As mentioned in an earlier article crossing the swiftly Clutha and Kawarau rivers to Cromwell was a challenge.
In the beginning the only way across was by swimming.
Next was by boat, then by punt. These were slow, and limited in the number people, horses or wagons they could take each time. They required the services of a “Punt Man”.
These were soon replaced by bridges. Since 1863 there have been six bridges built to cross the Clutha to get into Cromwell.
Four spanning what was known as Doctors Point.
Named after Doctor Corse, Cromwell’s early doctor who opened the 2nd bridge. (This is near the current lookout at the intersection of Inniscort and Alpha Streets). And two at Deadman Point (site of the current bridge).
The first built in 1863 was a foot bridge which a horse could cross. This was at the narrowest point above the junction of the two rivers and become known as the Cromwell Gap.
A flood in 1864 washed this bridge away and it was rebuilt. Number two was washed away in a flood in 1866.
In 1865 work had started to build a more substantial bridge down stream of Doctors Point.
Large stone piers were built, and a wooden lattice bridge was constructed to span the river and was a continuation of the “Main Street”.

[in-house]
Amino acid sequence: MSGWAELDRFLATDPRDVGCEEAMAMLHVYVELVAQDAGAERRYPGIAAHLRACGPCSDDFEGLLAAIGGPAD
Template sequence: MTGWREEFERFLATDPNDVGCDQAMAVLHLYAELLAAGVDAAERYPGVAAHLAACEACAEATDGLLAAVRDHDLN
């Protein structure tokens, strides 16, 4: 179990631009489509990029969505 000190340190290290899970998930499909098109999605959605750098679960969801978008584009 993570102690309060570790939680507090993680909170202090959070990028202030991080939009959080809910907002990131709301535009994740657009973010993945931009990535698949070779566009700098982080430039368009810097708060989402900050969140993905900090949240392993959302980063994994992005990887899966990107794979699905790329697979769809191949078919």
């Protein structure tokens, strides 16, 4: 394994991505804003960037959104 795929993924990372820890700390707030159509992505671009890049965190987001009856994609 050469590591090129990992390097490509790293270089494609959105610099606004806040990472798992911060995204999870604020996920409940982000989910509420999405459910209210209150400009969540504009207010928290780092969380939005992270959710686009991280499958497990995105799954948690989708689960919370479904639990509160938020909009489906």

This bridge was completed in 1866. It could take horse and bullock teams towing carts/drays/coaches.
The lattice woodwork needed continual maintenance and soon became “rickety” and would sway alarmingly when horse teams crossed. This was replaced with a new steel framed bridge in 1891 built on the piles for the lattice bridge.
This bridge was “over engineered “for the time and was suitable for motor vehicles. It remained in use till 1986, and for foot traffic till the lake shore was being formed for the filling of lake Dunstan.
There was a foot bridge at Deadman Point, and was the site chosen for the new bridge, the 6th to cross the Clutha to get to Cromwell. This was opened in the early 1986.
In the beginning tolls were charged to cross the rivers till the county/ government took ownership of the roading network.
For more on the bridges see “The Old Cromwell Bridge” by Alexy Simmons
Special thanks to Scott Bennet.